Neuropathic pain is a debilitating side effect of many commonly-used chemotherapy drugs, and in severe cases can result in the discontinuation of a cancer treatment. By understanding the mechanisms through which chemotherapeutics induce neuropathic pain, researchers aim to develop effective treatments designed specifically to alleviate the condition. These will combat the dose-limitation imposed on chemotherapeutics, as well as offering utility for conditions including multiple sclerosis, diabetes and HIV.
Understanding the mechanisms of chemotherapy induced neuropathic pain using iPSC-derived sensory neurons
Many commonly used chemotherapy drugs cause unpleasant side effects and complications. Of these, neuropathic pain can be particularly debilitating. Most of the current treatments for neuropathic pain are medications that were originally approved for other health disorders, such as anti-depressants and anti-seizure drugs. These have their own accompanying problems, and since no single drug is effective against all forms of neuropathic pain, it is essential that new therapeutic agents are developed specifically for the treatment of this condition.
Millions of people around the world suffer from debilitating pain. However, with impressive advances being made in pain research and drug discovery efforts, researchers are continuing to delve deeper into the molecular pathways underpinning pain, to ultimately improve both the screening of drug candidates and the quality of life for people across the world.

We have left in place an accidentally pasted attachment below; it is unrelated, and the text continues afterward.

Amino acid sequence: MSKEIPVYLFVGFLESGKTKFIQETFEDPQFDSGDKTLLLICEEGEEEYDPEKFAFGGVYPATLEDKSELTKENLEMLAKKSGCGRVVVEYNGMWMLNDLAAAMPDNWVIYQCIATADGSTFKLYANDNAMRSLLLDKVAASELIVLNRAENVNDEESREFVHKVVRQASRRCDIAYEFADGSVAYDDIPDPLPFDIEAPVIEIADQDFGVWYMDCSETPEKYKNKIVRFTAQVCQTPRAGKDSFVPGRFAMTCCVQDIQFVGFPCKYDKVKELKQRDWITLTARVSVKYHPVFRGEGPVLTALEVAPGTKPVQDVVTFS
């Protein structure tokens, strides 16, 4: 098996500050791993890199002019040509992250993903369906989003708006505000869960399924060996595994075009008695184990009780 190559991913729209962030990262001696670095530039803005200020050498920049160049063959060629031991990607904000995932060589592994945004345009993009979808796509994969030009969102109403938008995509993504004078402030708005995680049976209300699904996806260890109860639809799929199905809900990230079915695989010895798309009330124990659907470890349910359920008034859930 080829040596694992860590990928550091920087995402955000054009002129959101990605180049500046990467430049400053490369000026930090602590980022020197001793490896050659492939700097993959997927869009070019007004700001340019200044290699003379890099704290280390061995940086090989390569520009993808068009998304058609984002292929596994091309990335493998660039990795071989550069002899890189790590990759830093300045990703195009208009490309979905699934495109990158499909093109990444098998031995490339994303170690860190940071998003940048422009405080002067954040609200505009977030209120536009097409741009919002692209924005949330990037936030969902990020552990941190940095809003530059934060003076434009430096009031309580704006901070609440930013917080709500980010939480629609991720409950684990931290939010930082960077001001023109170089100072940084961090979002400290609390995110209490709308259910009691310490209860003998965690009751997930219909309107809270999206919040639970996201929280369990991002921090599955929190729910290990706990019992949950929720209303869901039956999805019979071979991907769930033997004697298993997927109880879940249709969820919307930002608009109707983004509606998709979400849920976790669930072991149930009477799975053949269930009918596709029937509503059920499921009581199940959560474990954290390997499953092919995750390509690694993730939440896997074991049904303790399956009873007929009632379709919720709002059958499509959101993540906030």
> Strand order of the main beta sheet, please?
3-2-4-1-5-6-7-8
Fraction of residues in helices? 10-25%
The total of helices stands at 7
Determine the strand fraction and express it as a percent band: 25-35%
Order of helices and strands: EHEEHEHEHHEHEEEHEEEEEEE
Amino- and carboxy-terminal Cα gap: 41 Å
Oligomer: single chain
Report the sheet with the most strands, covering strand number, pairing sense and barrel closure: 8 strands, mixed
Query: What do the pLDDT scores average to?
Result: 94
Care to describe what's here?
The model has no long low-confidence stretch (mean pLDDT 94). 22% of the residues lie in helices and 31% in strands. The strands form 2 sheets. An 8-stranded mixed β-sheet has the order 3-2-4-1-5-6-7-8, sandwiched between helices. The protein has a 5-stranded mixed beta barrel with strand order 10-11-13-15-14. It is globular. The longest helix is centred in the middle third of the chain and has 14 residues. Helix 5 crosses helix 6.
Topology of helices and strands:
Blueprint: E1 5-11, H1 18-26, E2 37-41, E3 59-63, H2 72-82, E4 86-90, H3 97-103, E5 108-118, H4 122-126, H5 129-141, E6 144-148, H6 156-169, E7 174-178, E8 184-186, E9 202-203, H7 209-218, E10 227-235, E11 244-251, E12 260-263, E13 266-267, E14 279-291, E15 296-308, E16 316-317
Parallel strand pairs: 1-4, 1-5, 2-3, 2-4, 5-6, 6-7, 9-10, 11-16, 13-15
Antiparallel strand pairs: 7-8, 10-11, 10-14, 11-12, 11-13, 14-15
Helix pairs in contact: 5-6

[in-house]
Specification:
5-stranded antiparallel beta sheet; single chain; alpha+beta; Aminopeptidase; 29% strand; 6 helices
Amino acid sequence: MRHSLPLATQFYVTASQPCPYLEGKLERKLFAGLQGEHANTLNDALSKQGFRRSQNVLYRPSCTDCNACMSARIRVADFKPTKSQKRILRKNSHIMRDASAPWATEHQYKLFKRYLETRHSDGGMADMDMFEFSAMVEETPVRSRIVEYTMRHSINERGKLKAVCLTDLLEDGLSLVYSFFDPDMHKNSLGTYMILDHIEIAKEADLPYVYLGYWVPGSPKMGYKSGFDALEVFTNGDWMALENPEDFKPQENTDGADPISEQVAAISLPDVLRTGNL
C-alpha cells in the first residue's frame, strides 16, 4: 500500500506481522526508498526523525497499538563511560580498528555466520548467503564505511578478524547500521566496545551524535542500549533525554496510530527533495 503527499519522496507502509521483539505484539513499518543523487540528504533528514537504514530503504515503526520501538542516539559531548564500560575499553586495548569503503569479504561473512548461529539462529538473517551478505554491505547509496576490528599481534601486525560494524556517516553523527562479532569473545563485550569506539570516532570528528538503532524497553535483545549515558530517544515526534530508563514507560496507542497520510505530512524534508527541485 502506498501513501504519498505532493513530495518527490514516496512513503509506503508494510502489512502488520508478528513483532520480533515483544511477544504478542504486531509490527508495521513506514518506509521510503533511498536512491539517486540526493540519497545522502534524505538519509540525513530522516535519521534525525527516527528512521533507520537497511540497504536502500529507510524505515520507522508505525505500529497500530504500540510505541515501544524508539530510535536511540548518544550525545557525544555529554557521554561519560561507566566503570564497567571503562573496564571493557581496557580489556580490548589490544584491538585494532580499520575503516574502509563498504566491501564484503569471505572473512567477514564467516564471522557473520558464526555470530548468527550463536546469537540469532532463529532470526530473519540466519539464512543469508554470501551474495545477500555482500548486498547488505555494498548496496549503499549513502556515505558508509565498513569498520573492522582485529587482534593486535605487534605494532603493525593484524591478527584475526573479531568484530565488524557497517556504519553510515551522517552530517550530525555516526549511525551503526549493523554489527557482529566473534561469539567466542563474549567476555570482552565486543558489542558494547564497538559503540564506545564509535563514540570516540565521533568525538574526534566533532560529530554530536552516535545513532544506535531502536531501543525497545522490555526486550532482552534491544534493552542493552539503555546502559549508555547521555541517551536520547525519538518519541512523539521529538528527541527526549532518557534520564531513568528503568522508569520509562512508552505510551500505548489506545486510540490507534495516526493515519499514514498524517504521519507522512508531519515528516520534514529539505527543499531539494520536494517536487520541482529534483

Innovations in biotechnology and advances in stem cell biology are currently revolutionizing biomedical research and drug discovery. One exciting breakthrough has been the ability to produce sensory neurons from human induced pluripotent stem cells (hiPSCs) and culture them in vitro on multi-electrode array (MEA) systems, to advance pain research and the discovery of effective pain therapies.
Millions of people around the world suffer from debilitating pain, causing immense suffering and reducing their quality of life. With the economic costs of chronic pain estimated to be up to $635 billion each year in the US alone , it’s crucial for scientists to be able to fully understand the functionality of human sensory neurons and how they respond to potential new drugs. In the race to find effective treatments, scientists commonly study in vitro neuron cultures to characterize the molecular pathways underlying pain, which can help to identify therapeutic targets and quickly screen potential drug candidates.